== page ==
Can independent and public schools work together to better serve
students? This is the question Partnership for Success! in Pasadena,
California, seeks to answer.
“We kind of started as a little mom-and-pop operation here at
Polytechnic School in Pasadena. The idea came from our former head, Mike
Babcock, who wanted to develop a partnership with Pasadena Unified
Schools and wanted to develop a collaboration that wasn’t going to be a
program that poached students from public schools but one that shared
resources,” said José Melgoza, executive director of Partnership for
Success! and a teacher at Polytechnic, an independent, coeducational
school serving students in grades K through 12.
“From that idea, we started off as a middle school program. But we
realized that if we wanted to help students to ultimately pursue a
college education, we obviously needed to expand to the high school
years,” Melgoza added. As we did that, we realized that we really had to
start working with them at a younger age. So we’ve settled into a
program where we work with them from the fifth grade to what we call the
13th year—the summer before college.”
A collaboration between private and public schools, Partnership for
Success! provides a fully funded summer program for students that “show
academic promise, have good attendance, some evidence of parent
involvement, and are on free/reduced lunch.”
About 60 fifth grade students are selected by their principals in the
Pasadena school district to join the program each year. That cohort of
students stays together for the next nine consecutive summers. Melgoza
said they have about a 93 percent return rate each year, losing some
students who move out of the district.
For the younger students, Partnership for Success! is a full-day
summer program that features academic offerings, as well as art, music,
and physical education. When participants hit high school, there is an
adjusted, shorter summer schedule to help accommodate students who work.
They take math and writing classes, as well as a “wild card” class such
as a Chinese language course or a class focused on human rights.
Participants in the “13th year” program can earn a college credit
from the University of California system. That program serves as a
college orientation program, with the goal of preventing summer melt,
Partnership for Success! will celebrate its 30th summer program this
year, expanding from “just an idea” in one counseling office to a
program serving 400 students each year.
As the program grew, organizers at Polytechnic started reaching out
to other independent schools in the area to help with space and
resources. Now Westridge School hosts girls in fifth and sixth grade,
while Chandler School hosts boys of the same ages. Mayfield Junior
School hosts seventh and eighth graders, and Polytechnic hosts students
in ninth grade through their pre-college summer.
The program also works to expand mentoring beyond the summer months.
They offer tutoring throughout the school year and host community events
to make sure their students keep returning every summer.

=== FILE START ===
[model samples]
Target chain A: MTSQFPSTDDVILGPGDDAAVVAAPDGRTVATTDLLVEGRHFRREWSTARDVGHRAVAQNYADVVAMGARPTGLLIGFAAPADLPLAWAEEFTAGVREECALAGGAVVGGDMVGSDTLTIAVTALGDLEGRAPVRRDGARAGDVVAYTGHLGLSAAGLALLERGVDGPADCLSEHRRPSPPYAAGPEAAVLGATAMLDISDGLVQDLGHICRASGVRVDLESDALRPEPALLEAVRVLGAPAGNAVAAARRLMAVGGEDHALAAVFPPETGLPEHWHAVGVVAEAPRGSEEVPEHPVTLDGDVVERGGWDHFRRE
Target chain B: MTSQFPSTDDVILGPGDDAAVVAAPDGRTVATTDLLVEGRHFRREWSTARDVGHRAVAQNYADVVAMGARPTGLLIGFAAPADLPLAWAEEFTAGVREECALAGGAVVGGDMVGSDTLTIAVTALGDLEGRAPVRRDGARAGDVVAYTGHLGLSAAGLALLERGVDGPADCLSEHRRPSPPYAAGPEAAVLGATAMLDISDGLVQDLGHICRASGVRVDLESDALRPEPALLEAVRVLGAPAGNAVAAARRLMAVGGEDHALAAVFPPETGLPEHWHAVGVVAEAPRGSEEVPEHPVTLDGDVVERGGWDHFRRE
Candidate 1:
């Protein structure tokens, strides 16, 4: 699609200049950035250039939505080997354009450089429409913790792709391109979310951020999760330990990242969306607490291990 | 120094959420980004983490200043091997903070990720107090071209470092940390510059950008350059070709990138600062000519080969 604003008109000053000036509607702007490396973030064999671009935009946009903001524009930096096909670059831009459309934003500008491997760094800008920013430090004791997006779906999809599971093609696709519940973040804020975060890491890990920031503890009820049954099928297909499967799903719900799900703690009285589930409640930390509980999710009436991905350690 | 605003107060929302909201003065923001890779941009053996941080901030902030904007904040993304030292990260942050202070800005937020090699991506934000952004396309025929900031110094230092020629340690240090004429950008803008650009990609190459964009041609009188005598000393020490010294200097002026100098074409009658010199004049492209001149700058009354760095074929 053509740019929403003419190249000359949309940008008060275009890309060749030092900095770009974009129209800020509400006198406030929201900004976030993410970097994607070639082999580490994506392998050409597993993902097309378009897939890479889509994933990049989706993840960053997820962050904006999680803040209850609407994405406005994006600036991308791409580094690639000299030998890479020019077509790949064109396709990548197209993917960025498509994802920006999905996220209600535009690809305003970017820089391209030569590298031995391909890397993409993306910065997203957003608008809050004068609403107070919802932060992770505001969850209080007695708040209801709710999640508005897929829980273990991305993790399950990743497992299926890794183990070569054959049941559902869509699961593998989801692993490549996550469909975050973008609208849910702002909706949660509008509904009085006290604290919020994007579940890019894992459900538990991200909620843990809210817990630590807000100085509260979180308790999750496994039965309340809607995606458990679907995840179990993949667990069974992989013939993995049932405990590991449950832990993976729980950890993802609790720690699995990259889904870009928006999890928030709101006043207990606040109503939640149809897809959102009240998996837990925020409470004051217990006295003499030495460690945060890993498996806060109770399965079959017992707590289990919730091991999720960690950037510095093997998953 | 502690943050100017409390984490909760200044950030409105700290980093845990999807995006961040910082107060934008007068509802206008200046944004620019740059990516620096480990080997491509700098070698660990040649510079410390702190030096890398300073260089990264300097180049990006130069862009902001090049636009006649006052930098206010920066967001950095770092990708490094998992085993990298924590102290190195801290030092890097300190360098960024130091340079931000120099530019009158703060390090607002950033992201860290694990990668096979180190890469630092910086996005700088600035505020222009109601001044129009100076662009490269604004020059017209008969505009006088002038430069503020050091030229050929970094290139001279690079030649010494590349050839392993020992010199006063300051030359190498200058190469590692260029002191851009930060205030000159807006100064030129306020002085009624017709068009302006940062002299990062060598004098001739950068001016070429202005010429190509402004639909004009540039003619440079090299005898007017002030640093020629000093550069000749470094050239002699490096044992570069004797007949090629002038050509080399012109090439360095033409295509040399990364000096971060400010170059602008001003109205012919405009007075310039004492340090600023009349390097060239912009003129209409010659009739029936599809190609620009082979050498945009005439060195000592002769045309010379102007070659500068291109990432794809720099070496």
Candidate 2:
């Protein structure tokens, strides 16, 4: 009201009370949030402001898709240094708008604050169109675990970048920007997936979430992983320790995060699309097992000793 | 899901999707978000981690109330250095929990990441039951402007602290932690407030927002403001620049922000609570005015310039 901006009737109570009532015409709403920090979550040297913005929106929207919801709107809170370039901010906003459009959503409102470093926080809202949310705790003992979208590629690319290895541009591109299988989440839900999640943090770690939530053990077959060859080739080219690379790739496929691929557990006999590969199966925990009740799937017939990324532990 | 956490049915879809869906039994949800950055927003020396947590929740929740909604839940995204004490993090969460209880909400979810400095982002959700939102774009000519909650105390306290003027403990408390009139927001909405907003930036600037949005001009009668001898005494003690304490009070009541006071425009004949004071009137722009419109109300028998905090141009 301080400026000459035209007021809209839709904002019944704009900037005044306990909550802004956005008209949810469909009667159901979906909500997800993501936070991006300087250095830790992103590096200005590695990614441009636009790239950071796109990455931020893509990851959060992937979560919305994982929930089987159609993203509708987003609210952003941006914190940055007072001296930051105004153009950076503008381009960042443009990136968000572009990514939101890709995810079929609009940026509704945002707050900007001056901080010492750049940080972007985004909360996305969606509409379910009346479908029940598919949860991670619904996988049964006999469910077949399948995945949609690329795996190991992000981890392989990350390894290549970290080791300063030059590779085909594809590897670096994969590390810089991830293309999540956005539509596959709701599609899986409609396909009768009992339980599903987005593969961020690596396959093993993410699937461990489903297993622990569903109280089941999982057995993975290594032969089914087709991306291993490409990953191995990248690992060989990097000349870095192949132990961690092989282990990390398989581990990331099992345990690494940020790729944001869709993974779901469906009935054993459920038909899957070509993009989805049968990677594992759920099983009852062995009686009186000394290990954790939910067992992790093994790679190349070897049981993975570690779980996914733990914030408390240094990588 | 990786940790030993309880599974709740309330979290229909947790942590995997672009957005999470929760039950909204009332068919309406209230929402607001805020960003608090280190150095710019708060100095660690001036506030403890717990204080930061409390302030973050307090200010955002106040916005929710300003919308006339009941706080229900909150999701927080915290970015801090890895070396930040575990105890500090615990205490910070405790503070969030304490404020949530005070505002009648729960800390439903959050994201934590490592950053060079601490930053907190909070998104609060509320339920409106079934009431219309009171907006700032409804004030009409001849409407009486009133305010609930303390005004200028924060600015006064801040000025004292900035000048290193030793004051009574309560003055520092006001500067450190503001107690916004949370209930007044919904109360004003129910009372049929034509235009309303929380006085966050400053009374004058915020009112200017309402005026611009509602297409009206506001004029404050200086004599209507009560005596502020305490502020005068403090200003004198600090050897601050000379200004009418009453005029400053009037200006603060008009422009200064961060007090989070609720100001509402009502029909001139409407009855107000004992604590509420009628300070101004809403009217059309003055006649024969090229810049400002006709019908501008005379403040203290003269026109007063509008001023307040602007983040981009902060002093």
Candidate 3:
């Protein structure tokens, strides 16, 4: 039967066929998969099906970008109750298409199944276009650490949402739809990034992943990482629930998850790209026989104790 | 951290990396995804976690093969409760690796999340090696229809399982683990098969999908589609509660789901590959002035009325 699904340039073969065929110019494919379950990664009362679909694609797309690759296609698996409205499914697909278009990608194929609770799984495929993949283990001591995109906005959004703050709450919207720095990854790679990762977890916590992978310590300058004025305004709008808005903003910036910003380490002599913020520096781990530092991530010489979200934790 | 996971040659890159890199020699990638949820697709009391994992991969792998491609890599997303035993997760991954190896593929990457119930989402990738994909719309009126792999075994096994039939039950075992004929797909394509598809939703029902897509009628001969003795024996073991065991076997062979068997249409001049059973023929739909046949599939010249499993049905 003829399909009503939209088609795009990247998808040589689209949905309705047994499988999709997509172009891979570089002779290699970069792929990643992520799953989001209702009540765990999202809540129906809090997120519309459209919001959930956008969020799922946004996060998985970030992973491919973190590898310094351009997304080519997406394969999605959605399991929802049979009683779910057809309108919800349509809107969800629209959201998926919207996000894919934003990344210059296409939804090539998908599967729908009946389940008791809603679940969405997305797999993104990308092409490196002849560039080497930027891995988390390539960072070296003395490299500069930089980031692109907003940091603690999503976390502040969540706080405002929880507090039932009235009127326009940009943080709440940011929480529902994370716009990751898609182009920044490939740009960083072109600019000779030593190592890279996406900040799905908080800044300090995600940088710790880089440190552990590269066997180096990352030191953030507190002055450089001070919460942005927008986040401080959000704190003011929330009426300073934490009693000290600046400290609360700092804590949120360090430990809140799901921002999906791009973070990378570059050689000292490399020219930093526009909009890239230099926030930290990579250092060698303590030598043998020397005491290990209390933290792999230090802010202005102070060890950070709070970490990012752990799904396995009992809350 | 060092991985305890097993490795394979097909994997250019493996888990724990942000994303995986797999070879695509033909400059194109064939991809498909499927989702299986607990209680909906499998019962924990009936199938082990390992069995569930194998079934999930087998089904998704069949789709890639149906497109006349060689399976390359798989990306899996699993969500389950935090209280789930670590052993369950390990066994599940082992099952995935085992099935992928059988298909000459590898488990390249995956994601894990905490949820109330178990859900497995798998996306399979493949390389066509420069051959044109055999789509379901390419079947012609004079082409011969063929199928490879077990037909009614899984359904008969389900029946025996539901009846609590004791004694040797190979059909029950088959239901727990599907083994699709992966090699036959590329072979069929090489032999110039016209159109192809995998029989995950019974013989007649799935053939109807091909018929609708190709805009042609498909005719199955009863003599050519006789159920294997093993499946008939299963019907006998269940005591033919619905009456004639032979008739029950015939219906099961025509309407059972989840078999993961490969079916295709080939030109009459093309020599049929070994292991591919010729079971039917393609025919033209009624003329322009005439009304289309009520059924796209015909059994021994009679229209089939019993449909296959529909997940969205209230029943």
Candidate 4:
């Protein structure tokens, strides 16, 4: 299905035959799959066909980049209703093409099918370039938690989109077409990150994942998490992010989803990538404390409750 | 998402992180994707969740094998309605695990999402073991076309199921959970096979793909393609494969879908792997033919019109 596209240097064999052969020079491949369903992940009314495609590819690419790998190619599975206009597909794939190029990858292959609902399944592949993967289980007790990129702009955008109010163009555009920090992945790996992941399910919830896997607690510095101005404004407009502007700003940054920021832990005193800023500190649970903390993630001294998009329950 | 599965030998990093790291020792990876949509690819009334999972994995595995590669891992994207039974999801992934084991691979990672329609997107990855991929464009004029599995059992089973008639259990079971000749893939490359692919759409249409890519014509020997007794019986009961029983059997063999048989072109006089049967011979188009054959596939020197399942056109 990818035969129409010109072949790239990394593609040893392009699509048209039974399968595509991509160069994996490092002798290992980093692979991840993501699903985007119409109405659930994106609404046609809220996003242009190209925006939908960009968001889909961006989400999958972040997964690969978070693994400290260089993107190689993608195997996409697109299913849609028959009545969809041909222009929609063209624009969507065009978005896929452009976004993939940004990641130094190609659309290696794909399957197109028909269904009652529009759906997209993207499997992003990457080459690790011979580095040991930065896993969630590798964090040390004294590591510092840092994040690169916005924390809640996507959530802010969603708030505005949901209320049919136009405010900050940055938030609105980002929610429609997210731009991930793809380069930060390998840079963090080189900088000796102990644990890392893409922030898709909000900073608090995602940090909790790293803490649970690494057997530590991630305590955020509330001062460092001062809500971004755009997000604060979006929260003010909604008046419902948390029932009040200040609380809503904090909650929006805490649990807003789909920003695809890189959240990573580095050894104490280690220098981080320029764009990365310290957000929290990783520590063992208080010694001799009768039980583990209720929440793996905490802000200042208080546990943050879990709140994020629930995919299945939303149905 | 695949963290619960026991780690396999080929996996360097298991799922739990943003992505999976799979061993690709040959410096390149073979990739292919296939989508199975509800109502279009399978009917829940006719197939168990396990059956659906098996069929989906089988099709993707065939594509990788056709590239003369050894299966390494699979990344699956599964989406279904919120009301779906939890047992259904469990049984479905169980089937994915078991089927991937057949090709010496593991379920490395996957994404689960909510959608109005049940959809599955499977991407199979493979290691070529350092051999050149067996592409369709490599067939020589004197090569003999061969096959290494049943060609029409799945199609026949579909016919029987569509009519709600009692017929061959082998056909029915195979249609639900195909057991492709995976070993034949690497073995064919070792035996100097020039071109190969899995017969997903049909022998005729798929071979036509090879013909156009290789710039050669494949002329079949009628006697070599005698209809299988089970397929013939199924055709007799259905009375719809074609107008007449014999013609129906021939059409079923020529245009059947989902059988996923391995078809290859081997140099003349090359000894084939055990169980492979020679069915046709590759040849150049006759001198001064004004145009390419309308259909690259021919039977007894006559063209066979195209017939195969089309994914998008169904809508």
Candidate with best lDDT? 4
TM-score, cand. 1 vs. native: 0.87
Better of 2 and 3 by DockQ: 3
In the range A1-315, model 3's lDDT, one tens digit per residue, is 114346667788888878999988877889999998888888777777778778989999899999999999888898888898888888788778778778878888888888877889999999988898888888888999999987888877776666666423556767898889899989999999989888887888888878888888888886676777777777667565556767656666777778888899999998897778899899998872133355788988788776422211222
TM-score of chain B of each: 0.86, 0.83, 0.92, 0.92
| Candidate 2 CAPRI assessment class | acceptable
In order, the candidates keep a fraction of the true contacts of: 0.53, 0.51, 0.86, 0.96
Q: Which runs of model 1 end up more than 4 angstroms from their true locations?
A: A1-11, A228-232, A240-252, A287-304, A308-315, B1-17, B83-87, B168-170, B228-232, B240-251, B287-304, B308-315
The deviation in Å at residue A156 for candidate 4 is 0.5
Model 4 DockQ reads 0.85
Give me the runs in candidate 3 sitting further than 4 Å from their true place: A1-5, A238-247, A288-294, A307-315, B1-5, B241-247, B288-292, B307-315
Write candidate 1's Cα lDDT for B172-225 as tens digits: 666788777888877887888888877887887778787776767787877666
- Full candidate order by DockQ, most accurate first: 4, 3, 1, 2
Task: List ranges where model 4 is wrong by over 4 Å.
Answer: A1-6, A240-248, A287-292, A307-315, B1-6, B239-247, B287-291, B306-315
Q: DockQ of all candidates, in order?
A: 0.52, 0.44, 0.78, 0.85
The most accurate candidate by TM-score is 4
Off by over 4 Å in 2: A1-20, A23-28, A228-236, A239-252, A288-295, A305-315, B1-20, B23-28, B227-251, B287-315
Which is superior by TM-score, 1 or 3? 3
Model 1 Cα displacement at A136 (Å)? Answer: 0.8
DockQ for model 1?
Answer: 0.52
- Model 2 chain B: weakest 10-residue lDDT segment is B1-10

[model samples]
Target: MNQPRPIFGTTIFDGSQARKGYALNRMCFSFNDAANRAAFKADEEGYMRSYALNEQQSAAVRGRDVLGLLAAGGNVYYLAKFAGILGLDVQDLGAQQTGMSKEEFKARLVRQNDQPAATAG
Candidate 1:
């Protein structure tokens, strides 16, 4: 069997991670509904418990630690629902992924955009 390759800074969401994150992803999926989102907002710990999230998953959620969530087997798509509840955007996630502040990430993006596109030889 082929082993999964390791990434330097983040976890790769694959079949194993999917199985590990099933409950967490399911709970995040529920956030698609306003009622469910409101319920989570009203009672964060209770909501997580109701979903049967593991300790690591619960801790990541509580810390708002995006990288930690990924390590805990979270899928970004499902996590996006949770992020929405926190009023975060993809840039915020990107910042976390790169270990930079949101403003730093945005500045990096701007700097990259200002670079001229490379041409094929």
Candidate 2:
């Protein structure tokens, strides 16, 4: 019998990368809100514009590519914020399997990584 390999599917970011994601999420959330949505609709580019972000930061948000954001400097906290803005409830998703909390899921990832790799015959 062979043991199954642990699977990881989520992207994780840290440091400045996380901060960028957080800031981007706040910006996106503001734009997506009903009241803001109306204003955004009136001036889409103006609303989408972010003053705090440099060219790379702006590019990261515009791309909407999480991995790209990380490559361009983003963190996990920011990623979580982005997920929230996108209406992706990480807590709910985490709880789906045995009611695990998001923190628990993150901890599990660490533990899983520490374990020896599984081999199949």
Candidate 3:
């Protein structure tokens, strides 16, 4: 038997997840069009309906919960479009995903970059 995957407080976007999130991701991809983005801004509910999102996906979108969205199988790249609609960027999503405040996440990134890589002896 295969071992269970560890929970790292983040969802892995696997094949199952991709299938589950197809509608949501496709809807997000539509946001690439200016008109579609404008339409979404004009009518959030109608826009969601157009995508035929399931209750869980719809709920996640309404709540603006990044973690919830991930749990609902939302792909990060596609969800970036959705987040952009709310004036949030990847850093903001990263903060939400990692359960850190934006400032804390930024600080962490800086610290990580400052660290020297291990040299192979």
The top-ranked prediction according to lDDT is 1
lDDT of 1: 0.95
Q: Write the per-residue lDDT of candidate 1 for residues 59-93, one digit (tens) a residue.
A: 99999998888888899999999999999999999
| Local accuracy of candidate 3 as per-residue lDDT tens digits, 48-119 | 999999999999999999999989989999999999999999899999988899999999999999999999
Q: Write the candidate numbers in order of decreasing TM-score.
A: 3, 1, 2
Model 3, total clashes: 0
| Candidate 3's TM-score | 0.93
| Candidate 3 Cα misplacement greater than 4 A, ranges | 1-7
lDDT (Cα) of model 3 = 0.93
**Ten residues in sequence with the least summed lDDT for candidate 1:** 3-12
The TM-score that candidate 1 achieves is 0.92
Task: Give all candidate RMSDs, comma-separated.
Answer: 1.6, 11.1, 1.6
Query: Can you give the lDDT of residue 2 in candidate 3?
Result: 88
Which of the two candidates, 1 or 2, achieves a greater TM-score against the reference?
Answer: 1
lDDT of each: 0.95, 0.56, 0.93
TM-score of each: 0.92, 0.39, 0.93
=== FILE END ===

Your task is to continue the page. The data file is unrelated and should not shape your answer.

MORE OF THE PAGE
“It’s a commitment from all parts,” he said.
Partnership for Success! is truly a partnership, not a one-sided
relationship, he added. He believes Polytechnic and the other
participating independent schools get just as much out of it as the
public schools and their students.
“I think one of the benefits to the independent schools is that it
helps in recruiting teachers who are thinking about teaching in
independent schools but are worried that they are just going to be
teaching to elite students, who, quite frankly, don’t always need
quality teachers. They are going to be okay regardless,” Melgoza said.
“I was a person who taught at public schools and I was on the fence
about teaching at an independent. When I found out about Poly and the
fact that it had this program and that I could work in the program, I
was sold. That’s kind of what brought me here and I know a lot of my
faculty, especially the younger faculty that are socially conscious,
it’s a big attraction for them to be able to come and work in a program
Partnership for Success! boasts a 100 percent high school graduation rate and a nearly 100 percent college enrollment rate.
As they move into their 30th summer and beyond, they are now looking
to track their students throughout their college experience. They want
to make sure program participants graduate with a college degree.
“One of my biggest hopes is that they start understanding pretty
early on that college is a reality and, regardless of where they are at,
if they push themselves, they can go beyond what they thought was
possible. We know that whatever their dreams are, it’s most likely going
to require a college education and unfortunately, a lot of students
start to think about college a little bit too late,” Melgoza said.
“Our hope is that they do the legwork to prepare themselves so they’re able to go there and then thrive.”
Visit NACAC’s CBO database at casp.nacacnet.org.
Ashley Dobson formerly served as NACAC’s senior manager of communications, content and social media.